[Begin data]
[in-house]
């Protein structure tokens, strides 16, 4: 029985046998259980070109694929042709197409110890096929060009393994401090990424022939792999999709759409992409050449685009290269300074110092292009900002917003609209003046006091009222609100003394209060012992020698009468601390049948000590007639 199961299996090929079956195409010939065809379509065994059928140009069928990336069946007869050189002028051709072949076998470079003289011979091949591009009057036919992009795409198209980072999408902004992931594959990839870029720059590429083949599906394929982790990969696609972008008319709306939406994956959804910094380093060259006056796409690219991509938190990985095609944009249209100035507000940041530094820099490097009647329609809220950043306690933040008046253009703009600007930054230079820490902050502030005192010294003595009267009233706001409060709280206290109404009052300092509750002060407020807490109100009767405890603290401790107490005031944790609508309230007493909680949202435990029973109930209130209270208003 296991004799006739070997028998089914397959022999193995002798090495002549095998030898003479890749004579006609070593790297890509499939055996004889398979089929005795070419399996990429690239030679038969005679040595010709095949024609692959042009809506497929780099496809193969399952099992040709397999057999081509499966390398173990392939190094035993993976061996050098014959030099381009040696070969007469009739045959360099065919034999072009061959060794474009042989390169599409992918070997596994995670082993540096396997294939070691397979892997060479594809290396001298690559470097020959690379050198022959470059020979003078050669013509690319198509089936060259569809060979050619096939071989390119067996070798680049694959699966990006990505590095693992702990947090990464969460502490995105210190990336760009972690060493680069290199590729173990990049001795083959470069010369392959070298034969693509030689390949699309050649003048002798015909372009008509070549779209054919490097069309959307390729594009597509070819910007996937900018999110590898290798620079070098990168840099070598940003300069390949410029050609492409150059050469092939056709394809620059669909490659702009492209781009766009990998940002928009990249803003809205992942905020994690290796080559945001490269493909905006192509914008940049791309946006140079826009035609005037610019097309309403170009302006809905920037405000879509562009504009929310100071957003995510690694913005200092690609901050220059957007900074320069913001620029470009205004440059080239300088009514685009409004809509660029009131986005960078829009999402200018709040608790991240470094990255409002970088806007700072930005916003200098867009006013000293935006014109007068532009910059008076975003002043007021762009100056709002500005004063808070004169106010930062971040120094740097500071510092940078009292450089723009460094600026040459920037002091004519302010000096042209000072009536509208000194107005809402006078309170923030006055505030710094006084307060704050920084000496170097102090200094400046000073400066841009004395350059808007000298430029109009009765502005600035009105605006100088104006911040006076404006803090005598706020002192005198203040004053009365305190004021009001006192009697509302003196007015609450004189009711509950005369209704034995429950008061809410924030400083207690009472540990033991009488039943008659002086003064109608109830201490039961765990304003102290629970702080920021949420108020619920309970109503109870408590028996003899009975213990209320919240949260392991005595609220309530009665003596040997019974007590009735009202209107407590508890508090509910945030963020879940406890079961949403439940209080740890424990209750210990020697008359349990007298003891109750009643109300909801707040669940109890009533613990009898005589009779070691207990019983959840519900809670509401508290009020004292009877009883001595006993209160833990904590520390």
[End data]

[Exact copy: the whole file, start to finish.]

[in-house]
């Protein structure tokens, strides 16, 4: 029985046998259980070109694929042709197409110890096929060009393994401090990424022939792999999709759409992409050449685009290269300074110092292009900002917003609209003046006091009222609100003394209060012992020698009468601390049948000590007639 199961299996090929079956195409010939065809379509065994059928140009069928990336069946007869050189002028051709072949076998470079003289011979091949591009009057036919992009795409198209980072999408902004992931594959990839870029720059590429083949599906394929982790990969696609972008008319709306939406994956959804910094380093060259006056796409690219991509938190990985095609944009249209100035507000940041530094820099490097009647329609809220950043306690933040008046253009703009600007930054230079820490902050502030005192010294003595009267009233706001409060709280206290109404009052300092509750002060407020807490109100009767405890603290401790107490005031944790609508309230007493909680949202435990029973109930209130209270208003 296991004799006739070997028998089914397959022999193995002798090495002549095998030898003479890749004579006609070593790297890509499939055996004889398979089929005795070419399996990429690239030679038969005679040595010709095949024609692959042009809506497929780099496809193969399952099992040709397999057999081509499966390398173990392939190094035993993976061996050098014959030099381009040696070969007469009739045959360099065919034999072009061959060794474009042989390169599409992918070997596994995670082993540096396997294939070691397979892997060479594809290396001298690559470097020959690379050198022959470059020979003078050669013509690319198509089936060259569809060979050619096939071989390119067996070798680049694959699966990006990505590095693992702990947090990464969460502490995105210190990336760009972690060493680069290199590729173990990049001795083959470069010369392959070298034969693509030689390949699309050649003048002798015909372009008509070549779209054919490097069309959307390729594009597509070819910007996937900018999110590898290798620079070098990168840099070598940003300069390949410029050609492409150059050469092939056709394809620059669909490659702009492209781009766009990998940002928009990249803003809205992942905020994690290796080559945001490269493909905006192509914008940049791309946006140079826009035609005037610019097309309403170009302006809905920037405000879509562009504009929310100071957003995510690694913005200092690609901050220059957007900074320069913001620029470009205004440059080239300088009514685009409004809509660029009131986005960078829009999402200018709040608790991240470094990255409002970088806007700072930005916003200098867009006013000293935006014109007068532009910059008076975003002043007021762009100056709002500005004063808070004169106010930062971040120094740097500071510092940078009292450089723009460094600026040459920037002091004519302010000096042209000072009536509208000194107005809402006078309170923030006055505030710094006084307060704050920084000496170097102090200094400046000073400066841009004395350059808007000298430029109009009765502005600035009105605006100088104006911040006076404006803090005598706020002192005198203040004053009365305190004021009001006192009697509302003196007015609450004189009711509950005369209704034995429950008061809410924030400083207690009472540990033991009488039943008659002086003064109608109830201490039961765990304003102290629970702080920021949420108020619920309970109503109870408590028996003899009975213990209320919240949260392991005595609220309530009665003596040997019974007590009735009202209107407590508890508090509910945030963020879940406890079961949403439940209080740890424990209750210990020697008359349990007298003891109750009643109300909801707040669940109890009533613990009898005589009779070691207990019983959840519900809670509401508290009020004292009877009883001595006993209160833990904590520390």